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1. Yes,

the weather conditions on Mars, can affect its albedo. The value quoted in this post is its average value[ 0.25] and weather conditions could make affect this value a little. either raising it – making Mars brighter or lowering it – making Mars fainter.

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4. Interesting equation of brightness of Venus. Every I learn something new. It’s like a candy inside a treasure hunt. Can’t get enough.

Thank you for taking time to share such insightful information.

Cheers.

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5. Venus bright? Mars admired her looks anyhow.

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6. […] Source link […]

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7. Clear and interesting as always! I find the idea of a planet covered in soot strangely unappealing, but you reminded me of Hawking’s pronouncement that ‘Black Holes ain’t so black.’
I hope you are staying safe!

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1. Yes we are staying at our home near Manchester and not venturing out pther than for shopping and our daily exercise.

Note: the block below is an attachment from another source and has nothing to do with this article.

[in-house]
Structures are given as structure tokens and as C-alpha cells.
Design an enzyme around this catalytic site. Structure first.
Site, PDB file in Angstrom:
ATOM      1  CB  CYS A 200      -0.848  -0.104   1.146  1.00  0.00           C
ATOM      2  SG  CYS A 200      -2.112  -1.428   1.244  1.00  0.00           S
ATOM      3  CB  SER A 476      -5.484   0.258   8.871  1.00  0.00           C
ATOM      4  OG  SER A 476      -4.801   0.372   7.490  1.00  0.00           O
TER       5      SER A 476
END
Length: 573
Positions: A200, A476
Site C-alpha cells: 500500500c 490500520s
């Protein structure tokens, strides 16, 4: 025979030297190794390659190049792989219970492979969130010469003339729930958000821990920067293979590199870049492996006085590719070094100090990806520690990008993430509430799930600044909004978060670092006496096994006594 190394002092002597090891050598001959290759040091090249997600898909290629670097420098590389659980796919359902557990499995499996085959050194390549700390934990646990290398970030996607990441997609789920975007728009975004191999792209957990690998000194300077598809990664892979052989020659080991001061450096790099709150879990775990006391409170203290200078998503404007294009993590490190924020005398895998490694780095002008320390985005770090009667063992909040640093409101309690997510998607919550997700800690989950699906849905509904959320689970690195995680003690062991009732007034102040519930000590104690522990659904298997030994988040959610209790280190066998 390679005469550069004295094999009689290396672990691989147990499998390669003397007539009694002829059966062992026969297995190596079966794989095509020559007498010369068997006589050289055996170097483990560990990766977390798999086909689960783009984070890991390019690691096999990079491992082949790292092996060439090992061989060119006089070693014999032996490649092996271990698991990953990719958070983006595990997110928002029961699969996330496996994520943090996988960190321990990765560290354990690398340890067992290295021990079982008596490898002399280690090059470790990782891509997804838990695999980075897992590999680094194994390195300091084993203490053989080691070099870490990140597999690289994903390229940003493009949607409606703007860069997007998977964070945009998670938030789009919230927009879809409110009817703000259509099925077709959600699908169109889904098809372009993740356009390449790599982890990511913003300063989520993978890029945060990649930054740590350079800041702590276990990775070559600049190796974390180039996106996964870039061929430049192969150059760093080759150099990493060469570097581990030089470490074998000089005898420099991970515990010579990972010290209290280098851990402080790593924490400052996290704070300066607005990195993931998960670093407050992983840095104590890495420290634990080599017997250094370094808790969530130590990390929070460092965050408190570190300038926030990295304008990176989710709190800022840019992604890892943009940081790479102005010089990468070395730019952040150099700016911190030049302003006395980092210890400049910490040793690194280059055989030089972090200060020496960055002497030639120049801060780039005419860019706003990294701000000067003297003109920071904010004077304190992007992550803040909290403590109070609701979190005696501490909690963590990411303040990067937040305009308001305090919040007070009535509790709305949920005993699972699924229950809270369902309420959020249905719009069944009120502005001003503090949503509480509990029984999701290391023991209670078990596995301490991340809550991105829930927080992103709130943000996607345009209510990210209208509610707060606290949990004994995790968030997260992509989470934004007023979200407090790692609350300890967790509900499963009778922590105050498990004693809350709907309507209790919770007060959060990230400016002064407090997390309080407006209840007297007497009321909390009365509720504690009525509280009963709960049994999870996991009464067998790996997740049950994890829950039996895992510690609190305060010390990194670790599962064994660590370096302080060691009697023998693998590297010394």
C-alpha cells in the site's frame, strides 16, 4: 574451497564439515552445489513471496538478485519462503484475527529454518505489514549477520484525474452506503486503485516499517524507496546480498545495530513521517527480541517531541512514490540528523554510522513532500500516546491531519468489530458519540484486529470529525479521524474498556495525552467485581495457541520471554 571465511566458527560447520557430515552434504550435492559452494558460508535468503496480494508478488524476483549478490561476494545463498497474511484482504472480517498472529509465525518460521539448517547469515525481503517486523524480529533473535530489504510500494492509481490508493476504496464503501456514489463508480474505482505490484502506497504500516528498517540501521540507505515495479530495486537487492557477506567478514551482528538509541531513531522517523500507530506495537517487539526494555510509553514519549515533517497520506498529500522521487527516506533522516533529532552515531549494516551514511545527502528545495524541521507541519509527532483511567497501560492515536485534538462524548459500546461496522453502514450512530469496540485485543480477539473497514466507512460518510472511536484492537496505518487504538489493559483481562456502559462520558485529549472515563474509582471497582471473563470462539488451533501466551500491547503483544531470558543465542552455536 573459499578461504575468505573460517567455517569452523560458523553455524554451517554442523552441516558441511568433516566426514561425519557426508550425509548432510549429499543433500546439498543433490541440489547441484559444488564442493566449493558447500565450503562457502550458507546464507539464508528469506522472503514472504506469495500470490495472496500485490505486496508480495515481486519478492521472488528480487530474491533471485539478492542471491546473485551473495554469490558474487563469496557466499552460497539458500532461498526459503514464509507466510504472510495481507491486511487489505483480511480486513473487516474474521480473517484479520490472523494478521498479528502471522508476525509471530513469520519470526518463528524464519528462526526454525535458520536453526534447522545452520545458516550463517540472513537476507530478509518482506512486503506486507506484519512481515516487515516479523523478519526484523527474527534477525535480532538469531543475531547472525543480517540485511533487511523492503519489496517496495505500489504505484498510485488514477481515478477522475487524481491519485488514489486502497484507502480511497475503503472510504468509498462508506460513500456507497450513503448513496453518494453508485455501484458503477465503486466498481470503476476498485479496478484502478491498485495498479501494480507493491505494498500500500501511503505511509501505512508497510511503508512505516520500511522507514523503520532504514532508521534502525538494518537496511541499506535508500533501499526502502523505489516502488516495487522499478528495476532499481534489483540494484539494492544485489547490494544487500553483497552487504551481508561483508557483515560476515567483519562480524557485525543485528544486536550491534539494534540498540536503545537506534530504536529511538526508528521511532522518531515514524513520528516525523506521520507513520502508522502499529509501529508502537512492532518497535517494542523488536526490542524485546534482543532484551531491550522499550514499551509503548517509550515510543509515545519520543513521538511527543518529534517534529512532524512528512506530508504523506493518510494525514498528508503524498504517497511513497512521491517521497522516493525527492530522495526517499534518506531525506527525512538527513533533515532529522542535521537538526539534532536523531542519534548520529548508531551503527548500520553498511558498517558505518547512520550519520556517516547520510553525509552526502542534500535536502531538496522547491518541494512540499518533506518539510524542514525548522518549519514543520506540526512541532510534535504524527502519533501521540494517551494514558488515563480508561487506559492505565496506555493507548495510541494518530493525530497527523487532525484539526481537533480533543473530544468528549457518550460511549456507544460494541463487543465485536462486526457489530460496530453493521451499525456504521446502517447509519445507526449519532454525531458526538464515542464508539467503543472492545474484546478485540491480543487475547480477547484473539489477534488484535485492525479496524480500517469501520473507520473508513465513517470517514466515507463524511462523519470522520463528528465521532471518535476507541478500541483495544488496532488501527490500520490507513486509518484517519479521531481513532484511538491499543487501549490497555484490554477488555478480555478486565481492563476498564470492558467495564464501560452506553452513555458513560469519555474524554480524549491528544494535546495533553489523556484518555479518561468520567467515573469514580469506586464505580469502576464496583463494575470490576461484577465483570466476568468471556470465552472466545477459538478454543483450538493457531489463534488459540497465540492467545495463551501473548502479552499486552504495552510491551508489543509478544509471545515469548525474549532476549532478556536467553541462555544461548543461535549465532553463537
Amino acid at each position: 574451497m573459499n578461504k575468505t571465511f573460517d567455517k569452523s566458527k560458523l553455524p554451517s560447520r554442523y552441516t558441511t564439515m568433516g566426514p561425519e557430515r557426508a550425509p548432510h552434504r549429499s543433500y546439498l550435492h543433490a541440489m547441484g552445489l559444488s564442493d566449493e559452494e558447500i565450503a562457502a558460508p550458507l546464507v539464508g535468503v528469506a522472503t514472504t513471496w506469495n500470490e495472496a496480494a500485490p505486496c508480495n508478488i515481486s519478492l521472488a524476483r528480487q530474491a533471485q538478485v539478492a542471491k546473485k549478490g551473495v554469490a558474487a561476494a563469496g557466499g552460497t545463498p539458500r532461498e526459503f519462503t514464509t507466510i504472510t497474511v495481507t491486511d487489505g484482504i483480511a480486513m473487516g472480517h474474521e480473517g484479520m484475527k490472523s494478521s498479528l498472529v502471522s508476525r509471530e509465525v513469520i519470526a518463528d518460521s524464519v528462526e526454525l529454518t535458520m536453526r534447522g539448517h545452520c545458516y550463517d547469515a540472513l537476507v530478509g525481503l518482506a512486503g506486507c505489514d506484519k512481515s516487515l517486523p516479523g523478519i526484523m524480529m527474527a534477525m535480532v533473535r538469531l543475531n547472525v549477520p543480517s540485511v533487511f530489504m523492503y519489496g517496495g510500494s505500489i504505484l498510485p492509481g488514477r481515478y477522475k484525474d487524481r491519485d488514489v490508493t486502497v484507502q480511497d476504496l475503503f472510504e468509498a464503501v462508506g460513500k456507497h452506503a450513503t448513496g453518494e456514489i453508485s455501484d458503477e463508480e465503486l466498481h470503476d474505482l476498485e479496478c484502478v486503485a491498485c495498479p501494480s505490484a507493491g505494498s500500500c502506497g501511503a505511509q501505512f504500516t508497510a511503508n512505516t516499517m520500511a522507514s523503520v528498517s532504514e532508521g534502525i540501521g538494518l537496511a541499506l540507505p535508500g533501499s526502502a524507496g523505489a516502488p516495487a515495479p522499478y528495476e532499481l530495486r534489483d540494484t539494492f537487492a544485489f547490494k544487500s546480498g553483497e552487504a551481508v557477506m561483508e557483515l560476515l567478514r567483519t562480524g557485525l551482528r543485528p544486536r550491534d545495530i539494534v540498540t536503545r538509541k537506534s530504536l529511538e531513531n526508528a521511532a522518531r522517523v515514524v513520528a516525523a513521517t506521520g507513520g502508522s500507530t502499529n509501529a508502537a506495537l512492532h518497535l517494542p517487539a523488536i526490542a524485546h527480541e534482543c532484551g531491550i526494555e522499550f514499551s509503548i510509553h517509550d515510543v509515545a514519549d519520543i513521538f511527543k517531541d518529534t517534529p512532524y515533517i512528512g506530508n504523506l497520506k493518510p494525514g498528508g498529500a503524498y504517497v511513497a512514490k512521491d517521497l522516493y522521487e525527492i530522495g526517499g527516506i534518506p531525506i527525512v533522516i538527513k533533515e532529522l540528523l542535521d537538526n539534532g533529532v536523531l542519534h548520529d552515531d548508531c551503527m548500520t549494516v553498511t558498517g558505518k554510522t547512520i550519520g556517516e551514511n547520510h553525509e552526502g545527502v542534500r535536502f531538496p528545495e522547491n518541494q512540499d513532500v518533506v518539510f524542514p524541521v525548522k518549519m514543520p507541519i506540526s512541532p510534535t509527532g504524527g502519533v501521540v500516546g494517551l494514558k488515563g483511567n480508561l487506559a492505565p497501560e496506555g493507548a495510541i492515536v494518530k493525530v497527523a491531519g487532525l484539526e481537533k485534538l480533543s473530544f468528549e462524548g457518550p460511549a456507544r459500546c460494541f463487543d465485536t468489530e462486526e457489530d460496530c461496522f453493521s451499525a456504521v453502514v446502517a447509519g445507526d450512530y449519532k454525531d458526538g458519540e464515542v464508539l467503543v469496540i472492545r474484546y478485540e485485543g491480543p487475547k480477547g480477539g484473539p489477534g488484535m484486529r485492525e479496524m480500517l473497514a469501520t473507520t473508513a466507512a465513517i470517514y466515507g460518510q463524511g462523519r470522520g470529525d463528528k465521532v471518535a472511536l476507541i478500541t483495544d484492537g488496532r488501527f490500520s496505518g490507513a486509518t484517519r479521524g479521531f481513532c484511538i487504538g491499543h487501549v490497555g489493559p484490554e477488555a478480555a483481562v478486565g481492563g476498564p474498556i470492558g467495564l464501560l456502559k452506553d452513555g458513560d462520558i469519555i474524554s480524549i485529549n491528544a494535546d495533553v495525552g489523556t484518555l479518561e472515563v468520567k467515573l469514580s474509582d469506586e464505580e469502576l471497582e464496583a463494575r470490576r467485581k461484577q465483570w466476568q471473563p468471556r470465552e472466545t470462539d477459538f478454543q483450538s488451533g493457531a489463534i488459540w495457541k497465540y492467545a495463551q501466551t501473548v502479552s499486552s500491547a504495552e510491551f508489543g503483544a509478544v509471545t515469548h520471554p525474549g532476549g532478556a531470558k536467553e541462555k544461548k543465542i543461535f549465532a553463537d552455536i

With these clear nights we can get a good view of Venus!

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1. Likewise near Peterborough!

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8. Thanks Steve for this clear, concise explanation. So above 26% illumination, greater distance from Venus reduces its brightness more than enlargement of the illuminated portion increases its brightness. But below 26% illumination, enlargement of the illuminated portion increases brightness more than greater distance reduces it? Perhaps this is because above 26% illumination distance increases more for every unit enlargement of illuminated area, owing to shape of Venus’ orbit?

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9. Thank you for posting. I love astronomy, and it’s a welcome distraction for what’s going on here on Earth.

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10. Wow. Great explanation. The best part is all Mars and Jupiter plus Saturn are visible right now in morning with Venus taking stage in the evening.

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1. Very true, and Venus s the brightest of all of them!

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11. Brilliant. Thank you. I have been enjoying the brightness of Venus a lot recently.

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1. Thank you